Zeroing In on Instruction
A Chicago school-turnaround program gets results by working with teachers, not against them.
Talk of “turning around” troubled schools has become synonymous with firing educators, but a nonprofit in the Windy City is drawing attention for bringing success with a different approach.
In 2006, Strategic Learning Initiatives signed a contract with the Chicago public schools to help 10 schools serving grades K-8. More than 95 percent of the schools’ students were from low-income families. Over a decade, the schools had seen new principals, new teachers, new curricula, and professional development initiatives. Despite the changes, nine were on a list to be restructured or closed.
What Strategic Learning did with the struggling schools, using a process called “Focused Instruction,” was “not rocket science,” says the organization’s chief executive officer, John Simmons. But it worked, according to a recent evaluation by the Washington-based American Institutes for Research. And the approach the group took offers some lessons for teachers and school leaders.
The Focused Instruction Process has four main components: shared leadership, targeted professional development, continuous improvement, and parent engagement. It uses an eight-step process designed to make sure that students master skills by providing focused lessons, formative assessments, re-teaching after assessing where each student stands, and a reassessment to measure student progress.
Facilitators in each school have been trained to monitor the fidelity of the process. Teachers and administrators are expected and encouraged to make changes in the implementation in a way that makes sense for their individual schools. Schools have reorganized the day to allow time both for daily mini-lessons on the skill of the week and for “success time,” in which teachers use differentiated instruction to help students make up or enrich their knowledge of previous skills. And each school also has a leadership team, made up of teachers from each grade level, that meets regularly with administrators.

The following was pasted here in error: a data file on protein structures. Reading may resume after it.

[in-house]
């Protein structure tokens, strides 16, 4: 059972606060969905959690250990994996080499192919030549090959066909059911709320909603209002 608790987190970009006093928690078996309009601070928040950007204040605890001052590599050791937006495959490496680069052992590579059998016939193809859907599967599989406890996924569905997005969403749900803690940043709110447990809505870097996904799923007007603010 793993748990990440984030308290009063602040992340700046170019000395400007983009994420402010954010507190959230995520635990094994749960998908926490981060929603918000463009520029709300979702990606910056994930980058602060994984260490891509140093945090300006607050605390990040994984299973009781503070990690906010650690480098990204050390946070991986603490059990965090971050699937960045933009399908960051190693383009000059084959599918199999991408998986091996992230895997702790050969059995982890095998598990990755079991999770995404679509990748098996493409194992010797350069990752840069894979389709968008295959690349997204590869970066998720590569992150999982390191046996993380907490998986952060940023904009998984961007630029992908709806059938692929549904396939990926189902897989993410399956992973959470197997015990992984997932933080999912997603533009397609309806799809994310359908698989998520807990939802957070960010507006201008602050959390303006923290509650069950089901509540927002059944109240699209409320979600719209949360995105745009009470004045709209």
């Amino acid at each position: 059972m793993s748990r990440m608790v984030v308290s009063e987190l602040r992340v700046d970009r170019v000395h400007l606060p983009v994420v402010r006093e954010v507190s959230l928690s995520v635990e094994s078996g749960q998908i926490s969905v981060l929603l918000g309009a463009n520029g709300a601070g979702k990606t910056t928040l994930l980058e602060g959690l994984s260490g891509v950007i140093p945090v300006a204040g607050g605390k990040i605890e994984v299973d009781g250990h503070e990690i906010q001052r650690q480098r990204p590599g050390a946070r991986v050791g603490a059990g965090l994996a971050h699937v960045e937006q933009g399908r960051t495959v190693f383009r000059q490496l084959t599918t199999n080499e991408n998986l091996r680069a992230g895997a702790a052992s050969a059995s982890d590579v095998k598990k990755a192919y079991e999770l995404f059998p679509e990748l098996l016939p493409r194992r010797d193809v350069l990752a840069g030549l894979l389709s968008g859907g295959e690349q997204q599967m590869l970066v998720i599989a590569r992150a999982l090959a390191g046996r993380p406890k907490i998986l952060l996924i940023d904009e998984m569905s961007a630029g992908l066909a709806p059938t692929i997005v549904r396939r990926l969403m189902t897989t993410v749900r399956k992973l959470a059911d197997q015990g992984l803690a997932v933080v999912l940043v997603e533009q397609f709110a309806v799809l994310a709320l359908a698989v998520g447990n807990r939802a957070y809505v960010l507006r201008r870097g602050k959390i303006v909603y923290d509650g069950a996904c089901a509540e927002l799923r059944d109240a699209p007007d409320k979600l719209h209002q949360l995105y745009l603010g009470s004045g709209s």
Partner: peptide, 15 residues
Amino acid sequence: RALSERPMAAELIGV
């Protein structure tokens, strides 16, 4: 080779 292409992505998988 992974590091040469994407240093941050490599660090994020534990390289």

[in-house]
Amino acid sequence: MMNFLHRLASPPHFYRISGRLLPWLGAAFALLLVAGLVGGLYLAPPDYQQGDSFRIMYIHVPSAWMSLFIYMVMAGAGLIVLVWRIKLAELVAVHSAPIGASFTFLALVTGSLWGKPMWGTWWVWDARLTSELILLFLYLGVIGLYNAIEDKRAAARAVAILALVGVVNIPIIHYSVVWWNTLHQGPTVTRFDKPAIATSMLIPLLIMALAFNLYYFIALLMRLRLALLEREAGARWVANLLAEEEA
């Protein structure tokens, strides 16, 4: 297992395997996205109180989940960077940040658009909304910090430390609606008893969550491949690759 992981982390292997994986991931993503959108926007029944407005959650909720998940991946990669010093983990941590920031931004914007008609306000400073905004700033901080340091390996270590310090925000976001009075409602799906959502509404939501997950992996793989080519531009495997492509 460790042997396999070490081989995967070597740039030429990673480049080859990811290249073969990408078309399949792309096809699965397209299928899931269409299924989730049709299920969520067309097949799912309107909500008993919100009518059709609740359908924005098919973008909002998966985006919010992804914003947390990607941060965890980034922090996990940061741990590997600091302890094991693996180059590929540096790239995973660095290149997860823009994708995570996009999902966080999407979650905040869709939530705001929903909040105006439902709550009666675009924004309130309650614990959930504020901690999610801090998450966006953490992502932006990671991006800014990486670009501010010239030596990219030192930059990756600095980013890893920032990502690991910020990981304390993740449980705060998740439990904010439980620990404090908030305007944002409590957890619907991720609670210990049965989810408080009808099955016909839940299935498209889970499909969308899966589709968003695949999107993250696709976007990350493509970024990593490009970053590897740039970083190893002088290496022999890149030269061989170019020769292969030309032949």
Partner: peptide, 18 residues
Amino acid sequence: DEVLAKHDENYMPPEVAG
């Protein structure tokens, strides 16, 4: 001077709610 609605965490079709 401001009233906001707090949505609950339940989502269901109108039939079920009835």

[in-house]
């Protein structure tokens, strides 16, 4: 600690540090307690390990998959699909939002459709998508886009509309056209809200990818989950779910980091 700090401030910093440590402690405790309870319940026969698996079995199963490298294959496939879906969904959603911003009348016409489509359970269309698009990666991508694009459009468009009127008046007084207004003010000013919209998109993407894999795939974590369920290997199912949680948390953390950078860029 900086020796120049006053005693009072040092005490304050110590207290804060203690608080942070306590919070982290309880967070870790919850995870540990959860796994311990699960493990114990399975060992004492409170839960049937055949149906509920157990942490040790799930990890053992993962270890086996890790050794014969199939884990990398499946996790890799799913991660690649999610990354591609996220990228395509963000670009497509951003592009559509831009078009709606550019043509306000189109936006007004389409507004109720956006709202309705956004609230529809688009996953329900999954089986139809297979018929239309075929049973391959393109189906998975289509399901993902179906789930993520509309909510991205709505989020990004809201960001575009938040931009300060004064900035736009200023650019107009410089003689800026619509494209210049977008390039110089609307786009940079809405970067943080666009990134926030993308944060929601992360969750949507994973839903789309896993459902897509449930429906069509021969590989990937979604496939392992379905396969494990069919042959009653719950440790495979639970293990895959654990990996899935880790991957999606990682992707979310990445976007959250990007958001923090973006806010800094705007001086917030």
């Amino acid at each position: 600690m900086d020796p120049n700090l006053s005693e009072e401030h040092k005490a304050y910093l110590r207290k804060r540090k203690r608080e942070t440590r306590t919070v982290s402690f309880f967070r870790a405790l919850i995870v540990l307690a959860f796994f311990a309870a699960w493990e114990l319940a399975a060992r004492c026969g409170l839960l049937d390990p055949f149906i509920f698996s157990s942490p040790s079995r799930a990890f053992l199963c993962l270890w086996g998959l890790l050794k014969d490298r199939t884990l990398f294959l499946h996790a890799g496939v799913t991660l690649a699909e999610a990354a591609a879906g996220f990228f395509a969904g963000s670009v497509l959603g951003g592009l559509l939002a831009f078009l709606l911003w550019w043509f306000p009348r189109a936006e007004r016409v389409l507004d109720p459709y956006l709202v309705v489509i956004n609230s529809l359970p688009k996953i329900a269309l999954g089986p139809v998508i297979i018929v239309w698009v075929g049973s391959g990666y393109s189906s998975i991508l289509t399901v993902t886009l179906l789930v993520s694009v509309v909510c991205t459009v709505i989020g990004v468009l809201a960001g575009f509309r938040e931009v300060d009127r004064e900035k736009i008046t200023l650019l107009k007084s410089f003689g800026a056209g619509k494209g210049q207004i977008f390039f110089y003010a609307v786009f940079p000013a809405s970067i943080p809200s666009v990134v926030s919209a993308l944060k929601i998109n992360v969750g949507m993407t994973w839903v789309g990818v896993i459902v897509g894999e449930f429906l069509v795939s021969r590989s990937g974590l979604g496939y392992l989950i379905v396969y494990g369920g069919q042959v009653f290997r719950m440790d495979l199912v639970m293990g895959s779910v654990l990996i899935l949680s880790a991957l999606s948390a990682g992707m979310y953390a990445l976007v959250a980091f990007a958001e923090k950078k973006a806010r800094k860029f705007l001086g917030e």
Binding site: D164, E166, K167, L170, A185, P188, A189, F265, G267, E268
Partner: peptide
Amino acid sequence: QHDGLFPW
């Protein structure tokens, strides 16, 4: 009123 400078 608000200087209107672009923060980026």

Each week, students learn about a new skill from a list of 13 that are tied to the state test students take each spring. Those skills include understanding the main idea, characterization, interpreting instructions, drawing conclusions, and summarization.
The U.S. Department of Education’s four models for turning around low-achieving schools using federal stimulus money all require the principal to be fired; one callsfor the school to be closed. But John Simmons argues that it’s less expensive, and often more effective, to invest in the people already in the schools. With the right tools, he says, school staffers can produce different results.
“High-performance teams aren’t just born, they are trained and coached,” he said.
In 2007 and 2008, two schools in the network led the city’s 470-some K-8 schools in gains on the Illinois Standards Achievement Test. By Strategic Learning’s definition, five of the 10 schools were “turned around,” meaning state test scores were improving at a rate at least six times faster than before, and school-level leaders agreed with the progress.
Strategic Learning’s work costs about $150,000 per school, per year, with the Chicago school district and the individual schools contributing about 80 percent; the rest comes from foundations and private donors. Reconstituting a school can cost much more, Simmons said, putting the figure at up to $1 million per school over four years.
Before a school could join the network, SLI requires 80 percent of its faculty members to vote to accept it. This buy-in from teachers has been seen as a key to the program’s success.
A turnaround strategy that supports the needs of teachers and principals is one the Chicago Teachers Union could support, said Rosemaria Genova, a spokeswoman for the affiliate of the American Federation of Teachers.